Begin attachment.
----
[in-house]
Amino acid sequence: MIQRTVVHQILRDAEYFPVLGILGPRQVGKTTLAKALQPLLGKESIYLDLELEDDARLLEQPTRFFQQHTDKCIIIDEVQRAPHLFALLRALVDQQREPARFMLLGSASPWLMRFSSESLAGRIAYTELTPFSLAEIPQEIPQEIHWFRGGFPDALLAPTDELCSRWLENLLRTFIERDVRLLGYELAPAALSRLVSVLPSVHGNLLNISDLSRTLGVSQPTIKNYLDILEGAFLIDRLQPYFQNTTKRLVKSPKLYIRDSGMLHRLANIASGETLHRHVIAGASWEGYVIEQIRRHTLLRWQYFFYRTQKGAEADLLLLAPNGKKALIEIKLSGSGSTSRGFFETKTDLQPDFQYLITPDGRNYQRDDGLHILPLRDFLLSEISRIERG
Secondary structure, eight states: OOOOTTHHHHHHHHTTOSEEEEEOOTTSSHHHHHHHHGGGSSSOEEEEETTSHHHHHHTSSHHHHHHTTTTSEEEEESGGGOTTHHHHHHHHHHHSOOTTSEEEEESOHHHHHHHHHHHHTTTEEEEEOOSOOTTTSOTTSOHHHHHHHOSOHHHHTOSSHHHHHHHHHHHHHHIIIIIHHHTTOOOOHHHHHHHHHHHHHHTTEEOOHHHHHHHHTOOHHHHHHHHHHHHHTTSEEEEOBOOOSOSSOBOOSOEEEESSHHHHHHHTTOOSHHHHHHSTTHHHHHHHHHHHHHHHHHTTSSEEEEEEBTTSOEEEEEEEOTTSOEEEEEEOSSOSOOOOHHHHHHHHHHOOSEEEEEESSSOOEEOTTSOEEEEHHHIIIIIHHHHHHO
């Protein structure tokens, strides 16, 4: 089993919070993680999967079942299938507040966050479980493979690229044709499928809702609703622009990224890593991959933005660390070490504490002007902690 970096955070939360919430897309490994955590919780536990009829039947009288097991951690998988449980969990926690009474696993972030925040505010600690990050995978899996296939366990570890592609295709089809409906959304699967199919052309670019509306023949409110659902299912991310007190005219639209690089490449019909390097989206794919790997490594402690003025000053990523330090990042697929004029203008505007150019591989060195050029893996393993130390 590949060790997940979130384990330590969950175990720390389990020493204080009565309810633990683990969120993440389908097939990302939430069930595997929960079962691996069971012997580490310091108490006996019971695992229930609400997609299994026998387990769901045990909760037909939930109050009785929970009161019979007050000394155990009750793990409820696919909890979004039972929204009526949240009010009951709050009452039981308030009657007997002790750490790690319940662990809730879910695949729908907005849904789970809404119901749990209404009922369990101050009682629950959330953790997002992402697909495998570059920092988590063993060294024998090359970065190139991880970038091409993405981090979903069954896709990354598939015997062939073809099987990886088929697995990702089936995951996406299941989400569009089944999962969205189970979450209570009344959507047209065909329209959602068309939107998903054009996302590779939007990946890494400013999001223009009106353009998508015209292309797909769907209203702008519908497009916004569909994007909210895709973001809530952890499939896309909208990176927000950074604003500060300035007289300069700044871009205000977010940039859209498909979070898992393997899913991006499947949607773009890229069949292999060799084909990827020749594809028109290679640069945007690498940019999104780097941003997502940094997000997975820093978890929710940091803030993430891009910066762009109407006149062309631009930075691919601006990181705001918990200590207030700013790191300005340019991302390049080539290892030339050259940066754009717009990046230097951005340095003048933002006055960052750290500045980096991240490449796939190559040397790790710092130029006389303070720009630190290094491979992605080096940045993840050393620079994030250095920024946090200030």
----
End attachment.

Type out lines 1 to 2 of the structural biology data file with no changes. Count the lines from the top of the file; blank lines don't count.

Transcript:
[in-house]
Amino acid sequence: MIQRTVVHQILRDAEYFPVLGILGPRQVGKTTLAKALQPLLGKESIYLDLELEDDARLLEQPTRFFQQHTDKCIIIDEVQRAPHLFALLRALVDQQREPARFMLLGSASPWLMRFSSESLAGRIAYTELTPFSLAEIPQEIPQEIHWFRGGFPDALLAPTDELCSRWLENLLRTFIERDVRLLGYELAPAALSRLVSVLPSVHGNLLNISDLSRTLGVSQPTIKNYLDILEGAFLIDRLQPYFQNTTKRLVKSPKLYIRDSGMLHRLANIASGETLHRHVIAGASWEGYVIEQIRRHTLLRWQYFFYRTQKGAEADLLLLAPNGKKALIEIKLSGSGSTSRGFFETKTDLQPDFQYLITPDGRNYQRDDGLHILPLRDFLLSEISRIERG